LONDON-In a packed conference hall, British opposition leader Jeremy Corbyn told members of what he called the largest political party in western Europe, the Labour Party, about his plans for government.
He promised new public housing, vowed higher business taxes to fund infrastructure spending and denounced the free market system for producing “grotesque inequality” among the British people.
Corbyn’s speech was remarkable because it marked the return of a word long dismissed as too dirty to use for British politics: socialism.
For decades, socialism was dismissed as a fringe ideology in the Labour Party, supplanted by the more centrist, business-friendly policies introduced by its former leader Tony Blair.
But since the May 2015 parliament election, in which Labour suffered its second successive defeat, the party has swerved dramatically to the left.
Tens of thousands of Britons, many of them former members of left-wing socialist and workers’ groups, joined Labour to elect Corbyn as its leader. Many retained their membership to ensure he remained when he was challenged for the leadership this summer: more than half a million people voted in the contest and Corbyn won overwhelmingly.
These supporters were rewarded handsomely with promises that Corbyn’s three predecessors as Labour leader would have considered too radical.
Every British family has the “basic human right” to a decent home, he said, so a Labour government would build a million of them and control rents in existing tenancies.
Businesses would be asked to pay more tax to help pay for a planned National Education Service to provide adults with opportunities to learn and retrain later in life.
And rules restricting the rights of trade unions would be abolished and a 10-pound ($13) hourly minimum wage would be introduced to help the most disadvantaged, Corbyn promised.
The proposals were met with predictable scorn among the party’s traditional opponents.
“Labour in La-La-Land,” was a front page headline in the right-wing Daily Mail this week.
Still not united
But opposition to the policies exist far closer to home. The party has spent the past 12 months bitterly divided with many Labour lawmakers and members convinced that, despite his wild popularity among some younger voters, many centrist British voters are dissuaded by Corbyn.
The party leader is supported by barely a quarter of the 439 Labour lawmakers in sitting in the two chambers of parliament, the House of Commons and House of Lords. Opinion polls give him the dubious honor of having some of the lowest personal ratings ever seen by a British opposition leader.
Among his critics is Peter Mandelson, a close ally of former Labour prime ministers Tony Blair and Gordon Brown. He was quoted saying he hoped Britain held a parliamentary election earlier than its scheduled 2020 date so that Corbyn would go sooner.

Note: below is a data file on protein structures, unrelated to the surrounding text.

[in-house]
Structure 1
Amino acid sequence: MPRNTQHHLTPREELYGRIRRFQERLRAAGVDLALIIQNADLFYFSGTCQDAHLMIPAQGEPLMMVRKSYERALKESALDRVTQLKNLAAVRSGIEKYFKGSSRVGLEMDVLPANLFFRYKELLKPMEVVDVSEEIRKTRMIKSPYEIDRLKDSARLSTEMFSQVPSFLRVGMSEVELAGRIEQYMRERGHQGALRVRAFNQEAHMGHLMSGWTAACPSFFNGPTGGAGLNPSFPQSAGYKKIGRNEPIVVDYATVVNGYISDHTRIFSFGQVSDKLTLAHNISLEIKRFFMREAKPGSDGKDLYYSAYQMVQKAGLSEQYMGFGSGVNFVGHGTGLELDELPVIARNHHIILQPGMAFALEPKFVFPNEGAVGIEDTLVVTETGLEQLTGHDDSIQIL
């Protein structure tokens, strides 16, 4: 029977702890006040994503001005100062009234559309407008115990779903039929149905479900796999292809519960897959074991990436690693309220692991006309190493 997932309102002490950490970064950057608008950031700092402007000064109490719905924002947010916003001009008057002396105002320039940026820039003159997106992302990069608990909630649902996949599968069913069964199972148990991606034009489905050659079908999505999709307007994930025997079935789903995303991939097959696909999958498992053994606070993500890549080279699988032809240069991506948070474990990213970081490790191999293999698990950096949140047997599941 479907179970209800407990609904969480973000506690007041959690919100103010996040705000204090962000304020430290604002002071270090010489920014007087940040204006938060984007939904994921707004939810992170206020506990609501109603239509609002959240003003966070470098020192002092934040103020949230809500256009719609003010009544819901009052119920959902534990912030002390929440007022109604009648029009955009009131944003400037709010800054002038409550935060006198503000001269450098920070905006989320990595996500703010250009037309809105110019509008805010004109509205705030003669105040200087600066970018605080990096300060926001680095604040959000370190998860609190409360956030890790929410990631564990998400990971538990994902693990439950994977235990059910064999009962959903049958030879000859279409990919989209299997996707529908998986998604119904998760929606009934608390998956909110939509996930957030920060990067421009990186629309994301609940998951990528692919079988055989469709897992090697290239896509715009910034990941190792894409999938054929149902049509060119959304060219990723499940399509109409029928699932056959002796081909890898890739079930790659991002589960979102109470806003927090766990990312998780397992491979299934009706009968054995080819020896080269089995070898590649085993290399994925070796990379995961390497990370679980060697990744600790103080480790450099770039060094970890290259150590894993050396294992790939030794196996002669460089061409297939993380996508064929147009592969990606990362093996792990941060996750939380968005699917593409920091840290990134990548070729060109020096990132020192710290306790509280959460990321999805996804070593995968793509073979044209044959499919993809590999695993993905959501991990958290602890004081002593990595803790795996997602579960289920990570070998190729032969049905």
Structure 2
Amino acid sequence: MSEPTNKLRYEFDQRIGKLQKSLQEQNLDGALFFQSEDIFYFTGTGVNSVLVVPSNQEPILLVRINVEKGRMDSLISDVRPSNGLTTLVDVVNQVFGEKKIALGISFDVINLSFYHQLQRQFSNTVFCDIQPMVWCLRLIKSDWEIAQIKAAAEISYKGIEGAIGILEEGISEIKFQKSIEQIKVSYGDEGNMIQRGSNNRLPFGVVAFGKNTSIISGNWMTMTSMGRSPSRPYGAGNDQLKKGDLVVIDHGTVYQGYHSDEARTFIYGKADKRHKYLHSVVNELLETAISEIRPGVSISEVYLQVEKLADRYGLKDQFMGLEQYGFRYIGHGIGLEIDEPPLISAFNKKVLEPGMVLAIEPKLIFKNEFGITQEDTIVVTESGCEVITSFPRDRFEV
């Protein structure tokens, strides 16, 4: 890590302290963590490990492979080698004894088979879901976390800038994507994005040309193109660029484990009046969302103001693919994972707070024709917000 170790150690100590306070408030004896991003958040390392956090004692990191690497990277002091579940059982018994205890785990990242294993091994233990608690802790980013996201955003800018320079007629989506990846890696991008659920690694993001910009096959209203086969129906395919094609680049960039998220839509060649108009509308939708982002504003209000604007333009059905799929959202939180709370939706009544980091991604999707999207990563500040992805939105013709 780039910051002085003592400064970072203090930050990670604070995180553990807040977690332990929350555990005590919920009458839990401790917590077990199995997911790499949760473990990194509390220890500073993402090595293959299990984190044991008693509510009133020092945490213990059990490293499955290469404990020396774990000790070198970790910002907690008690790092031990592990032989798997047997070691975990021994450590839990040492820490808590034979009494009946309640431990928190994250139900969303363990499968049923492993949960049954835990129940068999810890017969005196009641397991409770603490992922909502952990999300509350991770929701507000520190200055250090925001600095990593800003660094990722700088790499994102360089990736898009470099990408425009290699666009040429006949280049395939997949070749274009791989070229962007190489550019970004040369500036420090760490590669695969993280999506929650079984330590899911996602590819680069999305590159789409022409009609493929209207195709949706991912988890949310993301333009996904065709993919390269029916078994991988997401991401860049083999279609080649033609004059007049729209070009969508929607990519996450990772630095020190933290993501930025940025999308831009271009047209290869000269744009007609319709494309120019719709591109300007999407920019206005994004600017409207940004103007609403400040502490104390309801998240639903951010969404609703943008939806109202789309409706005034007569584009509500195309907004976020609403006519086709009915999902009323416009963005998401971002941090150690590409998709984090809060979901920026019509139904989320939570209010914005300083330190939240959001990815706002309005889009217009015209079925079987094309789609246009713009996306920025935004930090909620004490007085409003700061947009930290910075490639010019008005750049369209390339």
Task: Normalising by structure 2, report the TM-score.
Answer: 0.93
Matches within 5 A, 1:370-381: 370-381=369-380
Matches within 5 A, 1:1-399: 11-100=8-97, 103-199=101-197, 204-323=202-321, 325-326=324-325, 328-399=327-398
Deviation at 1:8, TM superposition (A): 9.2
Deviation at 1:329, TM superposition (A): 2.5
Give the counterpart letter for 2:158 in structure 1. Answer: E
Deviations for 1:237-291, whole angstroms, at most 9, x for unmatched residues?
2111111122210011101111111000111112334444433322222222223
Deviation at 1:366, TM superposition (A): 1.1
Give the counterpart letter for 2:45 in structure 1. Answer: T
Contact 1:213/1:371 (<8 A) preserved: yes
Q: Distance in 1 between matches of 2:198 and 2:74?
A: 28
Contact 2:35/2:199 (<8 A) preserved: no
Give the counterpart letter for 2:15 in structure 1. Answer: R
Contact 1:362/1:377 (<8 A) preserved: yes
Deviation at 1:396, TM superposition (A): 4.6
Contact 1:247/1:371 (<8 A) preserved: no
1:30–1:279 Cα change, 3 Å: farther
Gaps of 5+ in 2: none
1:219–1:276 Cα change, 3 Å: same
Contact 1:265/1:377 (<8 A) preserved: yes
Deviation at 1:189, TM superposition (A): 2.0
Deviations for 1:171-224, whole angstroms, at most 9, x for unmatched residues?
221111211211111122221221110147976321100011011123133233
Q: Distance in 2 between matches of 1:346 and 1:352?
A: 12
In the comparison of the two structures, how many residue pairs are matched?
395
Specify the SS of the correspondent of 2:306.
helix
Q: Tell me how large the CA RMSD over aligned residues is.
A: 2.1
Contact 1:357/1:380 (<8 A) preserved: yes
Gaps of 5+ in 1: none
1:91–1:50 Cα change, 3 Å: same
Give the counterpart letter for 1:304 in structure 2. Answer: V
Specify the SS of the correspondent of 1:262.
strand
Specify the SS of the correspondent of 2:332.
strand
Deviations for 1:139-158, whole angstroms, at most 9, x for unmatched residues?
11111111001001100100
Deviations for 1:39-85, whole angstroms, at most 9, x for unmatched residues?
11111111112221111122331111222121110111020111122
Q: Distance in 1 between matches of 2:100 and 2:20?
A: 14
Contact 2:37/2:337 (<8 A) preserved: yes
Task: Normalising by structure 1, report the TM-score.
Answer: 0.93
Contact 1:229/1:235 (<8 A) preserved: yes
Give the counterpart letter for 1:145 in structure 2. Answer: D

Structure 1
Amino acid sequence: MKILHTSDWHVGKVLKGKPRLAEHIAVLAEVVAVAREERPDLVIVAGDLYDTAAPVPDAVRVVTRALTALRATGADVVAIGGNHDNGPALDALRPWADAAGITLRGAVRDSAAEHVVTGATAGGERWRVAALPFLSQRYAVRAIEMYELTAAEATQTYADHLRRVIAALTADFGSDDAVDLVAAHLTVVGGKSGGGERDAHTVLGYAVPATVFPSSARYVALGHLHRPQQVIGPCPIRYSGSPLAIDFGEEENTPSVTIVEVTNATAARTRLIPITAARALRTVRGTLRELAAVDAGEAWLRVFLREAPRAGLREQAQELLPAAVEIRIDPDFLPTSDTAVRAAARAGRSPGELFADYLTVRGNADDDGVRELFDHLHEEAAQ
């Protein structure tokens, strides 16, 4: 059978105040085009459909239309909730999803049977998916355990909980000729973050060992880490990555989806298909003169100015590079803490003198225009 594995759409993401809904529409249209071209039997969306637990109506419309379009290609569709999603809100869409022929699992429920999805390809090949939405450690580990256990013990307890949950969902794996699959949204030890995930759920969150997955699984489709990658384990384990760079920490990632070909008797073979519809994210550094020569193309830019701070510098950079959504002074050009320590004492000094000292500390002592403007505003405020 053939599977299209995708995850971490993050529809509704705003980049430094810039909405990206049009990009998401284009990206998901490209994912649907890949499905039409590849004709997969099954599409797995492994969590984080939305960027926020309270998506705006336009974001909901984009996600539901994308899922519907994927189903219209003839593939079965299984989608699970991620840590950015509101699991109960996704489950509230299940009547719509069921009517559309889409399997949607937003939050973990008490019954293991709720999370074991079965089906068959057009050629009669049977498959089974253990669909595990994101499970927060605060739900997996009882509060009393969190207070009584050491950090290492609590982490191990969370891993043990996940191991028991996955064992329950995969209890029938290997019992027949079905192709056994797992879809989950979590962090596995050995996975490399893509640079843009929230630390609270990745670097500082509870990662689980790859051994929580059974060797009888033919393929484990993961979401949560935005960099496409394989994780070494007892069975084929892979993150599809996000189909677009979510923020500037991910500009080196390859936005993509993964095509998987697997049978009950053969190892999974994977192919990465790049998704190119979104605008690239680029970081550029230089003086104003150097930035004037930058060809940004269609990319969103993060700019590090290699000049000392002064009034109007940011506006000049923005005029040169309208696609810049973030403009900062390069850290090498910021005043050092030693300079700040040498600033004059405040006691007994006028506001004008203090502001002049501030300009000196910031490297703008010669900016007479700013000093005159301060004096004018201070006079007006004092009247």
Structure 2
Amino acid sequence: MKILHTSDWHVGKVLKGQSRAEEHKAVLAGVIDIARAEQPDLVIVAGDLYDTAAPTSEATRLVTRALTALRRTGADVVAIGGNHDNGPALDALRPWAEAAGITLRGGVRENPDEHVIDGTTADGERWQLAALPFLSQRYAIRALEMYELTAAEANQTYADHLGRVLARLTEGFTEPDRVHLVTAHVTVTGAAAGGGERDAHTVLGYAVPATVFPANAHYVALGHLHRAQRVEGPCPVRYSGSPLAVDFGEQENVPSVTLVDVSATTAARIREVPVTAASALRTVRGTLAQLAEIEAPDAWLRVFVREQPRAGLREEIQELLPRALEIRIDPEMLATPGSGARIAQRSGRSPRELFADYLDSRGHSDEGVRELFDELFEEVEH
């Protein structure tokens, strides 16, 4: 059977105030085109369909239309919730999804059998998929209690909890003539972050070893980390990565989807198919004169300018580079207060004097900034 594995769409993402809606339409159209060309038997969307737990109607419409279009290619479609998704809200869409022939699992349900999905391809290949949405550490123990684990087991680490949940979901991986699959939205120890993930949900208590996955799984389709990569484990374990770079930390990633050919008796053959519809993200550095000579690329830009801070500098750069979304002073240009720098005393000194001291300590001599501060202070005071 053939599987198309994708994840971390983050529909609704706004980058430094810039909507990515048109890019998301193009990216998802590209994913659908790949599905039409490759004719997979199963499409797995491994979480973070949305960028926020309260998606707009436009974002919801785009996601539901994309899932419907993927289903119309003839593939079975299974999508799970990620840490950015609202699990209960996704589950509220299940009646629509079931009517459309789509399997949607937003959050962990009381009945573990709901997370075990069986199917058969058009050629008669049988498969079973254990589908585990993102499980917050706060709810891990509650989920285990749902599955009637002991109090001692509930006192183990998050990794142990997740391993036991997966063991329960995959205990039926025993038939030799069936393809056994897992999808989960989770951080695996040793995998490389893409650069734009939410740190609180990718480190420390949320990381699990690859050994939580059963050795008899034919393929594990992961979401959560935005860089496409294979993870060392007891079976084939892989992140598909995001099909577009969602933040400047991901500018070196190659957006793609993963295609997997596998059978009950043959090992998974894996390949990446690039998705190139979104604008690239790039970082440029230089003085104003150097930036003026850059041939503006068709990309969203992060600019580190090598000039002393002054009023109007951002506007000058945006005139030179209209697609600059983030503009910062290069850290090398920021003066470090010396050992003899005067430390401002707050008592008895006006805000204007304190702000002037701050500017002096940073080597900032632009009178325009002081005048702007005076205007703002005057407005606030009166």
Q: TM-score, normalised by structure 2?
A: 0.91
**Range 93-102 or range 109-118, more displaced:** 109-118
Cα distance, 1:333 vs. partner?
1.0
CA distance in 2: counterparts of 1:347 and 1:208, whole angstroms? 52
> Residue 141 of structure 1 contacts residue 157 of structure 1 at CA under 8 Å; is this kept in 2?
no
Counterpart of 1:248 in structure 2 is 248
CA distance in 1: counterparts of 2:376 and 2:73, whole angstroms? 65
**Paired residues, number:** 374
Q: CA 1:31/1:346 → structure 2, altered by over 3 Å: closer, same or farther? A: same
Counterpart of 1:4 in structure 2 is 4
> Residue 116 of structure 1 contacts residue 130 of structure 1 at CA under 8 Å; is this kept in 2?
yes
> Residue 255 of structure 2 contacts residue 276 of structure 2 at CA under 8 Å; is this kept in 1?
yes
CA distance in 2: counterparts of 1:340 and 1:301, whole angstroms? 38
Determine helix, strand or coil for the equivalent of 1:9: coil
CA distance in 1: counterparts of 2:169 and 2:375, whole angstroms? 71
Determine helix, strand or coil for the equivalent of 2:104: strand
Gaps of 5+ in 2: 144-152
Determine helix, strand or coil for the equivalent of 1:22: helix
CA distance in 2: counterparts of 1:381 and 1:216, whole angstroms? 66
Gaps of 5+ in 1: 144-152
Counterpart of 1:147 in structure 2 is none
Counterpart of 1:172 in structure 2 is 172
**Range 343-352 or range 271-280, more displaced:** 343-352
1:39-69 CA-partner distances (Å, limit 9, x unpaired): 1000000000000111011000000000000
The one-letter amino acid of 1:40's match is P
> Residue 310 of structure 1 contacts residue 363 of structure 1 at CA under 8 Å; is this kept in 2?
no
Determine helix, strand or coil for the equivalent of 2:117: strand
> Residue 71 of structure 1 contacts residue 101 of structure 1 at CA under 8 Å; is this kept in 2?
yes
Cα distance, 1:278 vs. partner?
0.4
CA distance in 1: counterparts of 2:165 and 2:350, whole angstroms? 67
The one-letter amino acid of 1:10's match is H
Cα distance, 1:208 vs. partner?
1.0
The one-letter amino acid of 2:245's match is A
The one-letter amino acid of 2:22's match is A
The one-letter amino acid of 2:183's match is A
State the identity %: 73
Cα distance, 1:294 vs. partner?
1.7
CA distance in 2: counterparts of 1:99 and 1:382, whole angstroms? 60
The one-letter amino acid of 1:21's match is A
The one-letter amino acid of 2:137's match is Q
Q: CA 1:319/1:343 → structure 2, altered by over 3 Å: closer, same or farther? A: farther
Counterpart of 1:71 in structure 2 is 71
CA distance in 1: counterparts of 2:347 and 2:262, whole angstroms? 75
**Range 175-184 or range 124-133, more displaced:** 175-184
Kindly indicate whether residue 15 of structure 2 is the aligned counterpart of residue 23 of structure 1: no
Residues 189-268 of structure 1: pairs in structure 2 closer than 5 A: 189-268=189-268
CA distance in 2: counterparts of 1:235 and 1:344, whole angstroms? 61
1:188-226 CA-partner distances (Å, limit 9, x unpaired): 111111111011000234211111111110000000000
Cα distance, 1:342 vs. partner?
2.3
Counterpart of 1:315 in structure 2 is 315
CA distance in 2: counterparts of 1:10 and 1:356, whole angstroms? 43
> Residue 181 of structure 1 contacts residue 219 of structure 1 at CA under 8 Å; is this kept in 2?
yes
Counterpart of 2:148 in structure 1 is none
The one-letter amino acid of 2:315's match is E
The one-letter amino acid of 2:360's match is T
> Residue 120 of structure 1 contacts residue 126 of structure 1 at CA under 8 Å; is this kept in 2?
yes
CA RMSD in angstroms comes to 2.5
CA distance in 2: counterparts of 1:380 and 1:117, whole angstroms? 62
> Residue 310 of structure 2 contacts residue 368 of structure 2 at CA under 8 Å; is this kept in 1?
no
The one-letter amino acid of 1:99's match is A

“Bring it on so we can deal with the awful situation in the Labour party earlier than 2020 […] I get up every day and pray that will be the case,” the Times quoted Mandelson as saying at a meeting in London on Tuesday. His implication was that he expected Labour to lose that election heavily.
It was for this reason that Corbyn’s keynote speech to the Labour Party conference in Liverpool on Wednesday was peppered with messages of unity.
“I am honored to have been re-elected by our party a second time with an even larger mandate,” he said.
“But we all have lessons to learn and a responsibility to do things better and work together more effectively.”
But for the promises of improved conditions for some of the most disadvantaged people in the country, Labour policy remains unclear on some of the most pressing issues facing Britain today.
Nuclear weapons are one example. The U.K. this year approved a multibillion-pound program to renew its controversial submarine-based nuclear weapons system, but the Labour Party has still not decided whether it supports it. Corbyn is a lifelong advocate of nuclear disarmament, but the party’s policy is still to retain the weapons.
Nor has the party has settled its position on immigration, widely identified as the primary reason why a narrow majority of British people -- including many Labour supporters -- voted to leave the European Union in a referendum last June.
Corbyn told delegates on Wednesday that it was “shaming to our multicultural society that assaults on migrants have increased sharply since the referendum campaign, a campaign that peddled myths and whipped up division.
“It isn’t migrants that drive down wages, it’s exploitative employers and the politicians who deregulate the labor market and rip up trade union rights,” he added.
Whether voters will agree is unclear: many Labour supporters switched to the anti-migrant UK Independence Party in the last election, and it is unclear whether they would return in the event of a snap election.
British electoral law follows a fixed calendar, meaning the next parliamentary election is not due until May 2020.
A potential early election as foreshadowed by Mandelson is a genuine concern for Labour because many believe U.K. Prime Minister Theresa May will use the opposition’s internal divisions to improve her own Conservative Party’s small parliamentary majority.
May, who succeeded David Cameron in July, has always insisted no election will be called before 2020, although others have argued she needs her own mandate from the British public.
“I'm sure there is going to be an early general election,” Labour deputy leader Tom Watson told the conference on Tuesday.
“The more often Theresa May says it won't happen, the more certain I am that it will. Comrades, we need to be ready.”
But of the dozens of opinion polls conducted since Corbyn became leader in September 2015, just three have given Labour a lead over the Conservatives. The Labour leader’s critics fear a snap election could decimate the party.
Article by: Michael Sercan Daventry (AA)
Photo credit: Howard Walker (AA)